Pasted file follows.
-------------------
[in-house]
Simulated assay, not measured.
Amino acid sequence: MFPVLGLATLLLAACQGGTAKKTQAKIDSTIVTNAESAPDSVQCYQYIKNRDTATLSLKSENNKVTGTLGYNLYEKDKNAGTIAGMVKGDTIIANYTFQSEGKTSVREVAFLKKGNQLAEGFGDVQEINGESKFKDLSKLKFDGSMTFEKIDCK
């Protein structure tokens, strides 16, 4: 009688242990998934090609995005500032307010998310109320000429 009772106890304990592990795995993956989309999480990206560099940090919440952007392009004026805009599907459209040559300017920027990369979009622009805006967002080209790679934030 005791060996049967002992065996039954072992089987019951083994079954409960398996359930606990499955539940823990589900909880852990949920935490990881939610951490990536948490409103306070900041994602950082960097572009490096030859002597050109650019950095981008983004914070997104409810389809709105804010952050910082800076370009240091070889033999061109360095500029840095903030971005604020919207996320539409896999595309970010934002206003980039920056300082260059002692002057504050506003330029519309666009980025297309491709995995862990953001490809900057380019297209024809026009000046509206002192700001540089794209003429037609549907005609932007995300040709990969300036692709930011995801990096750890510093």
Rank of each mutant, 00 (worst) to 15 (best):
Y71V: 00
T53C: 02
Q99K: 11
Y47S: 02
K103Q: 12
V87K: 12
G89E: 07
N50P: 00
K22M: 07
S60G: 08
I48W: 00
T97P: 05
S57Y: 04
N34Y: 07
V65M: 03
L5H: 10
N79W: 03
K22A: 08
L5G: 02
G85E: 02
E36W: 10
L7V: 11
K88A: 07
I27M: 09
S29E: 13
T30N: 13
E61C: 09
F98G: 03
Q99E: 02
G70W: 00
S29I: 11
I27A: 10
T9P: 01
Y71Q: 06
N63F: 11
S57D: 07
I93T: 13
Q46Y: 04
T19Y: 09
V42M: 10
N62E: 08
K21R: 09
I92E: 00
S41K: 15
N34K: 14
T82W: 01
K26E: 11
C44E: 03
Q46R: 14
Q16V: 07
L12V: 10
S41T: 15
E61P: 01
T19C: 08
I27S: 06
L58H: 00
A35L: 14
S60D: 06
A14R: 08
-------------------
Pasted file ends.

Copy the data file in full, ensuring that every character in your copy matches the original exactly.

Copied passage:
[in-house]
Simulated assay, not measured.
Amino acid sequence: MFPVLGLATLLLAACQGGTAKKTQAKIDSTIVTNAESAPDSVQCYQYIKNRDTATLSLKSENNKVTGTLGYNLYEKDKNAGTIAGMVKGDTIIANYTFQSEGKTSVREVAFLKKGNQLAEGFGDVQEINGESKFKDLSKLKFDGSMTFEKIDCK
């Protein structure tokens, strides 16, 4: 009688242990998934090609995005500032307010998310109320000429 009772106890304990592990795995993956989309999480990206560099940090919440952007392009004026805009599907459209040559300017920027990369979009622009805006967002080209790679934030 005791060996049967002992065996039954072992089987019951083994079954409960398996359930606990499955539940823990589900909880852990949920935490990881939610951490990536948490409103306070900041994602950082960097572009490096030859002597050109650019950095981008983004914070997104409810389809709105804010952050910082800076370009240091070889033999061109360095500029840095903030971005604020919207996320539409896999595309970010934002206003980039920056300082260059002692002057504050506003330029519309666009980025297309491709995995862990953001490809900057380019297209024809026009000046509206002192700001540089794209003429037609549907005609932007995300040709990969300036692709930011995801990096750890510093």
Rank of each mutant, 00 (worst) to 15 (best):
Y71V: 00
T53C: 02
Q99K: 11
Y47S: 02
K103Q: 12
V87K: 12
G89E: 07
N50P: 00
K22M: 07
S60G: 08
I48W: 00
T97P: 05
S57Y: 04
N34Y: 07
V65M: 03
L5H: 10
N79W: 03
K22A: 08
L5G: 02
G85E: 02
E36W: 10
L7V: 11
K88A: 07
I27M: 09
S29E: 13
T30N: 13
E61C: 09
F98G: 03
Q99E: 02
G70W: 00
S29I: 11
I27A: 10
T9P: 01
Y71Q: 06
N63F: 11
S57D: 07
I93T: 13
Q46Y: 04
T19Y: 09
V42M: 10
N62E: 08
K21R: 09
I92E: 00
S41K: 15
N34K: 14
T82W: 01
K26E: 11
C44E: 03
Q46R: 14
Q16V: 07
L12V: 10
S41T: 15
E61P: 01
T19C: 08
I27S: 06
L58H: 00
A35L: 14
S60D: 06
A14R: 08